We start off with two very similar platforms, sporting the same motherboard, processor architecture, memory frequency, and timings. The stock December rig holds a 100 MHz processor advantage and is outfitted with double the amount of memory.
The overclocked $500 build has nearly a 500 MHz advantage in processor speed, while the prior rig benefited both from an added active processing core, as well as higher memory bandwidth.
The stock-clocked CPU scores are within 3% of one another, so this story focuses on the current build’s vastly more powerful graphics hardware. Successful core unlocking scores the $400 machine a 15% higher score in the CPU tests. But this does little overall to help overcome the graphics deficiency.
The overclocked $500 PC is edged out in overall system performance but manages to win in PCMark's productivity suite. The current build’s storage performance score was a bit disappointing to us.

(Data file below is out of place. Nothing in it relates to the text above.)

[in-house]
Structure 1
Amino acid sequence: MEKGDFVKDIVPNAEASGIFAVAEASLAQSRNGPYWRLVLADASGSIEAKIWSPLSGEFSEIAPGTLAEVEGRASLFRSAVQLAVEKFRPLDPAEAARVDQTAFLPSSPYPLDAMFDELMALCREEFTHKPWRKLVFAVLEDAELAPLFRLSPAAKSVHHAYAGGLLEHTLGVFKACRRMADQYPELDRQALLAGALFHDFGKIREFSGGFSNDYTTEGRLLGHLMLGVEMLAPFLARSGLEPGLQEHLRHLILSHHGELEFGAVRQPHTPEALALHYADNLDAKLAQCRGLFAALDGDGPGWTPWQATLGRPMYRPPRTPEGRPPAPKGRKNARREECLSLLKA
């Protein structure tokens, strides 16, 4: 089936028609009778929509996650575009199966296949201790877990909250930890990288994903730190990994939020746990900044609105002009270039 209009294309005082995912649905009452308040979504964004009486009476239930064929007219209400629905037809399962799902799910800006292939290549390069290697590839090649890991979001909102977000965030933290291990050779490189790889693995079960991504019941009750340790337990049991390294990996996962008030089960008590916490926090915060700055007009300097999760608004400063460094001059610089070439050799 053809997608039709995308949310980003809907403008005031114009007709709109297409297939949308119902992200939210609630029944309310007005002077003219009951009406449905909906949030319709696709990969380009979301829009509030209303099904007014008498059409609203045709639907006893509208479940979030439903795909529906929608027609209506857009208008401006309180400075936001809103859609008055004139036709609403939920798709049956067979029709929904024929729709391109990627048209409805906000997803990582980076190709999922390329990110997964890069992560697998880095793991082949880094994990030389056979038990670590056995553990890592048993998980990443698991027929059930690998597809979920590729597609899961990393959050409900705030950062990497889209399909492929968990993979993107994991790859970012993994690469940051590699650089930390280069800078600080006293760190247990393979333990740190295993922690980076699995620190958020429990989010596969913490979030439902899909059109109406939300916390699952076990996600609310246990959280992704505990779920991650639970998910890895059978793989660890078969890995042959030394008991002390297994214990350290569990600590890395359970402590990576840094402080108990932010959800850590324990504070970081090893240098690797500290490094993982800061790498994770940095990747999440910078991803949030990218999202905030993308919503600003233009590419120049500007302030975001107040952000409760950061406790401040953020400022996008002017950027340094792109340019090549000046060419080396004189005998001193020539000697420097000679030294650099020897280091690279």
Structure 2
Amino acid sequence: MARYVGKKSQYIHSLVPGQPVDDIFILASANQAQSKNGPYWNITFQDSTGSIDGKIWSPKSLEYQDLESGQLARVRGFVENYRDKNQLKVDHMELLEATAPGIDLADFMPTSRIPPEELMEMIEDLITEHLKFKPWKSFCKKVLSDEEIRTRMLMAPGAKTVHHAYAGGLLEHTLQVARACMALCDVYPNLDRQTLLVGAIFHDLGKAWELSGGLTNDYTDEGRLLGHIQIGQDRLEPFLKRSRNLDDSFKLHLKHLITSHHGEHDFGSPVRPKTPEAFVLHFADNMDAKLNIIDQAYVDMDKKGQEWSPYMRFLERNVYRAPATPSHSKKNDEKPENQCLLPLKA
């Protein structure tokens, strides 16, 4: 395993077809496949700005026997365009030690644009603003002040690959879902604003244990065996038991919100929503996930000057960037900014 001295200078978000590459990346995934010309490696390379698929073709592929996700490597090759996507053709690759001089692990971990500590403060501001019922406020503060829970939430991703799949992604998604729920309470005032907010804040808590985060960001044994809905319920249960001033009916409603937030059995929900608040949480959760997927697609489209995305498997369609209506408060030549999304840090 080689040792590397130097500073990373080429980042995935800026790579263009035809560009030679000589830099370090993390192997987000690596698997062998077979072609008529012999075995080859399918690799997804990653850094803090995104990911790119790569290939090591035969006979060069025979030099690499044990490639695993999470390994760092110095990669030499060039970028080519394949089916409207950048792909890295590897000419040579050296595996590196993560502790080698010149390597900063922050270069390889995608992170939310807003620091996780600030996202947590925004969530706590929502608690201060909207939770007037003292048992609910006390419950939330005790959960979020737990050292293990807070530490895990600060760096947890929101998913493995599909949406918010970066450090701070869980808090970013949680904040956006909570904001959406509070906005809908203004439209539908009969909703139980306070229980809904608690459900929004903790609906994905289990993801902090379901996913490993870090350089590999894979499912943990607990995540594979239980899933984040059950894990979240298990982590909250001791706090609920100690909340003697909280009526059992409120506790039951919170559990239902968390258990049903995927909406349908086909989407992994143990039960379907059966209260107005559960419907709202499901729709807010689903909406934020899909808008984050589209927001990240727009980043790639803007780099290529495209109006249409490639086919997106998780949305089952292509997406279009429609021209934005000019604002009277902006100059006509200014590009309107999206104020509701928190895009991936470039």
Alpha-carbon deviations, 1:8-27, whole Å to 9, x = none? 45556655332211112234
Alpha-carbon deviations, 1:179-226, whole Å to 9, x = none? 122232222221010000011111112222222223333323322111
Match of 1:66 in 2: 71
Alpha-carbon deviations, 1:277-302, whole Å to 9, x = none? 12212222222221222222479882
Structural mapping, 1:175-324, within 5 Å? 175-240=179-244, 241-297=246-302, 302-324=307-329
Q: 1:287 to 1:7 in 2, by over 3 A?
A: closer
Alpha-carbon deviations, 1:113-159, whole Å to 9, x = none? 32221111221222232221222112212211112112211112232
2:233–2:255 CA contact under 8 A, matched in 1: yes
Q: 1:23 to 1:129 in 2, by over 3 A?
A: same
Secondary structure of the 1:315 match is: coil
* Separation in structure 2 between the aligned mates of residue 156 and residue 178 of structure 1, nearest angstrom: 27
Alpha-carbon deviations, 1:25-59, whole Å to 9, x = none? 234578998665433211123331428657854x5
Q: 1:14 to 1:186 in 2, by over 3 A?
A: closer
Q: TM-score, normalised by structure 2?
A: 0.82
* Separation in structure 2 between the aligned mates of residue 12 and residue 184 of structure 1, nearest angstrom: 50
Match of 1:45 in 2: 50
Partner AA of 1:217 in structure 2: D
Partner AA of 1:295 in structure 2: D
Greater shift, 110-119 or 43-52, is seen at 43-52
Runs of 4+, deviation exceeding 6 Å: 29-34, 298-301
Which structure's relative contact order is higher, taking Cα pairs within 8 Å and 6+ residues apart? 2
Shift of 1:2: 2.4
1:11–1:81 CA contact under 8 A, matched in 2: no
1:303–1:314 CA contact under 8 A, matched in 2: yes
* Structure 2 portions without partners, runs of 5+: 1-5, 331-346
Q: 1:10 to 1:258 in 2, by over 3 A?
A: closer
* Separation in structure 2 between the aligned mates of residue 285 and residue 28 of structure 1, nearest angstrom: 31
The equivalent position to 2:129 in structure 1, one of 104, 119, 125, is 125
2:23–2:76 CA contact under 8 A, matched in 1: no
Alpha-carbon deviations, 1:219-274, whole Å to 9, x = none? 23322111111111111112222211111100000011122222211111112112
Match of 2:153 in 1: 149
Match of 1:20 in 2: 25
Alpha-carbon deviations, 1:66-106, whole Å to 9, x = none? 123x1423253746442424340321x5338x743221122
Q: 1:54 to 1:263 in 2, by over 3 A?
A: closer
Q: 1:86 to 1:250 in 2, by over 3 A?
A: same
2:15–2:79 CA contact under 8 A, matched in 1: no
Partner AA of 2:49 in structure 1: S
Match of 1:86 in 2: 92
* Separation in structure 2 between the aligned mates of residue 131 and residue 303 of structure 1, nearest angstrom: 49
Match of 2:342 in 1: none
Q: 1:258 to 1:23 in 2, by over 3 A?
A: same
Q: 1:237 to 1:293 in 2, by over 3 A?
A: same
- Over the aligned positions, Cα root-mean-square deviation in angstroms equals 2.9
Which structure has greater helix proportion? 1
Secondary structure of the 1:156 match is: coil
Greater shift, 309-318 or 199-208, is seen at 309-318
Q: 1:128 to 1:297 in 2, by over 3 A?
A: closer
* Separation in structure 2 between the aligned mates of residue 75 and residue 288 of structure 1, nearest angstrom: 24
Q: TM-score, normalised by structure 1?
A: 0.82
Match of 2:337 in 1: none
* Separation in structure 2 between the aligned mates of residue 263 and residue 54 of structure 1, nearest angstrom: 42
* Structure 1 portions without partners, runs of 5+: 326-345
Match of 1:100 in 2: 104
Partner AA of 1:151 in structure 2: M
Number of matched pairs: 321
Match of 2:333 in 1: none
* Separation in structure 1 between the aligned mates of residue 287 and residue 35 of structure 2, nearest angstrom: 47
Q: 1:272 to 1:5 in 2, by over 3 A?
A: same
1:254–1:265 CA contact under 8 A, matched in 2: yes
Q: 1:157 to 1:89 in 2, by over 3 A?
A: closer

- Spending It All
- CPU And Cooler
- Motherboard And Memory
- Graphics Card And Hard Drive
- Case, Power Supply, And Optical Drive
- Test System Configuration And Benchmarks
- Benchmark Results: Synthetics
- Benchmark Results: Audio/Video
- Benchmark Results: Productivity
- Benchmark Results: Call of Duty: Modern Warfare 2 And Crysis
- Benchmark Results: DiRT 2 And S.T.A.L.K.E.R.: Call Of Pripyat
- Power Consumption And Temperatures
- Performance Summary, Efficiency, And Conclusion